James Taranto has a good piece in the Wall Street Journal about boys now being afraid of girls and with good reason:
An odd recent New York Times op-ed by sociologist Amy Schalet touts the rise of, as the headline puts it, “Caring, Romantic American Boys.” Schalet, who studied American high school sophomores (along with Dutch ones) for a forthcoming book, reports that “boys [are] behaving more ‘like girls’ in terms of when they lose their virginity,” by which she means they “are becoming more careful and more romantic about their first sexual experiences.”
Maybe her book will flesh out that claim, but in her op-ed the boys sound downright terrified: “American boys often said sex could end their life as they knew it. After a condom broke, one worried: ‘I could be screwed for the rest of my life.’ Another boy said he did not want to have sex yet for fear of becoming a father before his time.”
If “I could be screwed for the rest of my life” is what passes for a romantic sentiment at the New York Times, the editors’ Valentine’s Day cards must be a laugh riot.
As Taranto points out, if a girl or woman gets pregnant, she has choices, if a boy gets her pregnant, he has none:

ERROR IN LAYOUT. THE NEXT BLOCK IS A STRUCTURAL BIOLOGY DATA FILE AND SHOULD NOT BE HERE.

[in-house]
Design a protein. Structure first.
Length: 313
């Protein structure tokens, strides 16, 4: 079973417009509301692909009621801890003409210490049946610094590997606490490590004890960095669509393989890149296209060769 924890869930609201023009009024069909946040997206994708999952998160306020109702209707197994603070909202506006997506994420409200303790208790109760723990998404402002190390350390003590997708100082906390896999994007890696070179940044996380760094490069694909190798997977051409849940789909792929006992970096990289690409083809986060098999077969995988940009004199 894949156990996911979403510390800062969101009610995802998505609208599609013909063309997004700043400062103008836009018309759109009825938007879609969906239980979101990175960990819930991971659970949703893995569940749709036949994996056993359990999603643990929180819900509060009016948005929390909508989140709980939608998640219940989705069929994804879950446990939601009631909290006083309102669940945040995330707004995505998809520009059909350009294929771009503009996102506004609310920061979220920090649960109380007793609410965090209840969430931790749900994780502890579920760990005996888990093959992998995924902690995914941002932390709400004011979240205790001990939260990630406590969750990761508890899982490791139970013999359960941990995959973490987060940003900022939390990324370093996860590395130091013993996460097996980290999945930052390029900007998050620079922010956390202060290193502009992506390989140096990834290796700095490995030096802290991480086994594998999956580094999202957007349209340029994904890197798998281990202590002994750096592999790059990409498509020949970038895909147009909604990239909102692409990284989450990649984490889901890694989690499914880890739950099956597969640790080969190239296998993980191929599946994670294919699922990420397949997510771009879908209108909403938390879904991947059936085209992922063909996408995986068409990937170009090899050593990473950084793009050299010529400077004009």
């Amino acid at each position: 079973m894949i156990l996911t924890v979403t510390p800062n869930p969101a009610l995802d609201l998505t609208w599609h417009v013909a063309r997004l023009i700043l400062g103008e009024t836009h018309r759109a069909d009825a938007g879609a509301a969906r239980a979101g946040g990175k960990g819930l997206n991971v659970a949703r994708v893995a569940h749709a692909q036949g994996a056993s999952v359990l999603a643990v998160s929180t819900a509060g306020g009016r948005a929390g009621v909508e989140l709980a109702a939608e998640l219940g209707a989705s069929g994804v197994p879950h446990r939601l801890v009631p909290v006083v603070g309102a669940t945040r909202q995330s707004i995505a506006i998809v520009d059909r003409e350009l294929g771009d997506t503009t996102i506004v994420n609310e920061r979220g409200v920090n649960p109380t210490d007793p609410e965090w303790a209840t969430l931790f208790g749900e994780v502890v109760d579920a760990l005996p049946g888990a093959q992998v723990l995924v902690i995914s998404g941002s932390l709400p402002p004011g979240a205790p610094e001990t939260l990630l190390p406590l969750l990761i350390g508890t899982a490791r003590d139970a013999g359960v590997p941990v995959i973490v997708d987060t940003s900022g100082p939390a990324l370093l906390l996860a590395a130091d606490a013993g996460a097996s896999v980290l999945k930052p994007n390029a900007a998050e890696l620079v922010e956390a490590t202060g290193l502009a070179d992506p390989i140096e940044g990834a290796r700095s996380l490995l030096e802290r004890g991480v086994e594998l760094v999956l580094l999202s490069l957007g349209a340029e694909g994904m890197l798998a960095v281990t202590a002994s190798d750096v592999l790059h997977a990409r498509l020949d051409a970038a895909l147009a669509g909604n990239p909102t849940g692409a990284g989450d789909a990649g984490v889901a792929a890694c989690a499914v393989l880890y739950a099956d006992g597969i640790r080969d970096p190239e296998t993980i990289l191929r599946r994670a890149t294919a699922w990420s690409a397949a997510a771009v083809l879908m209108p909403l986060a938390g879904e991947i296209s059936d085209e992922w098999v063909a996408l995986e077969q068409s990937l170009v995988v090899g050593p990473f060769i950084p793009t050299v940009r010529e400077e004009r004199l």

At the same time, there is good reason for males (men as well as boys) to be more fearful of sex than females. Contemporary reproductive technology and law place all the burden for unwanted pregnancy on them. Between the pill and abortion, women have complete control over the reproductive process. They can avoid or end any unwanted pregnancy, and the man involved has no say in the matter.
Women now hold coverture over men in reproductive rights and it is extending to other areas as well. Coverture was a “legal doctrine whereby, upon marriage, a woman’s legal rights were subsumed by those of her husband.” Women now hold men’s legal rights in their hands–it is not a good turn of events. Many men, especially the white-knight types don’t realize that they are at the mercy of women today. The men reading the PJM website are probably more enlightened than this, but in doing interviews for my forthcoming book on this topic, I am amazed at how few men know much about their rights (or lack thereof) or have any clue how to fight back.